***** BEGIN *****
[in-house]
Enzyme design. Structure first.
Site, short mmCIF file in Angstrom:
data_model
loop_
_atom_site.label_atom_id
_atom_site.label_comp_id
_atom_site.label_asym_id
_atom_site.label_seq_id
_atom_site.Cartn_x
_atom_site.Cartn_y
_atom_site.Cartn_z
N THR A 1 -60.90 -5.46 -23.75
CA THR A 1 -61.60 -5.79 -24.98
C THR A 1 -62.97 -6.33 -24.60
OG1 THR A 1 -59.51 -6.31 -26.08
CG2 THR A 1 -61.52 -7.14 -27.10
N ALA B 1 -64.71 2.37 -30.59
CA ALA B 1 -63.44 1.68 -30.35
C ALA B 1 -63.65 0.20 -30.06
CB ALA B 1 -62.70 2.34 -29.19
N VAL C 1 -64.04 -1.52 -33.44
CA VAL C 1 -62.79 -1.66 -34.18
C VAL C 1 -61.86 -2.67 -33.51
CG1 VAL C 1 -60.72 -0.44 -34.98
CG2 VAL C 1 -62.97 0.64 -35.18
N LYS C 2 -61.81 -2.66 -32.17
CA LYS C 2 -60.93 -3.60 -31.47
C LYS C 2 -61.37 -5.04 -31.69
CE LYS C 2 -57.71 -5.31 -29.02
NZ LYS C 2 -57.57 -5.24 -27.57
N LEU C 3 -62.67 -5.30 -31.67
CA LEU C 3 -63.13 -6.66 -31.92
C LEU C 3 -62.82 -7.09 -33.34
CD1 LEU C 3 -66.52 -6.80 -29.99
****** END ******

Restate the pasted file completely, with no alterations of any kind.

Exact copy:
[in-house]
Enzyme design. Structure first.
Site, short mmCIF file in Angstrom:
data_model
loop_
_atom_site.label_atom_id
_atom_site.label_comp_id
_atom_site.label_asym_id
_atom_site.label_seq_id
_atom_site.Cartn_x
_atom_site.Cartn_y
_atom_site.Cartn_z
N THR A 1 -60.90 -5.46 -23.75
CA THR A 1 -61.60 -5.79 -24.98
C THR A 1 -62.97 -6.33 -24.60
OG1 THR A 1 -59.51 -6.31 -26.08
CG2 THR A 1 -61.52 -7.14 -27.10
N ALA B 1 -64.71 2.37 -30.59
CA ALA B 1 -63.44 1.68 -30.35
C ALA B 1 -63.65 0.20 -30.06
CB ALA B 1 -62.70 2.34 -29.19
N VAL C 1 -64.04 -1.52 -33.44
CA VAL C 1 -62.79 -1.66 -34.18
C VAL C 1 -61.86 -2.67 -33.51
CG1 VAL C 1 -60.72 -0.44 -34.98
CG2 VAL C 1 -62.97 0.64 -35.18
N LYS C 2 -61.81 -2.66 -32.17
CA LYS C 2 -60.93 -3.60 -31.47
C LYS C 2 -61.37 -5.04 -31.69
CE LYS C 2 -57.71 -5.31 -29.02
NZ LYS C 2 -57.57 -5.24 -27.57
N LEU C 3 -62.67 -5.30 -31.67
CA LEU C 3 -63.13 -6.66 -31.92
C LEU C 3 -62.82 -7.09 -33.34
CD1 LEU C 3 -66.52 -6.80 -29.99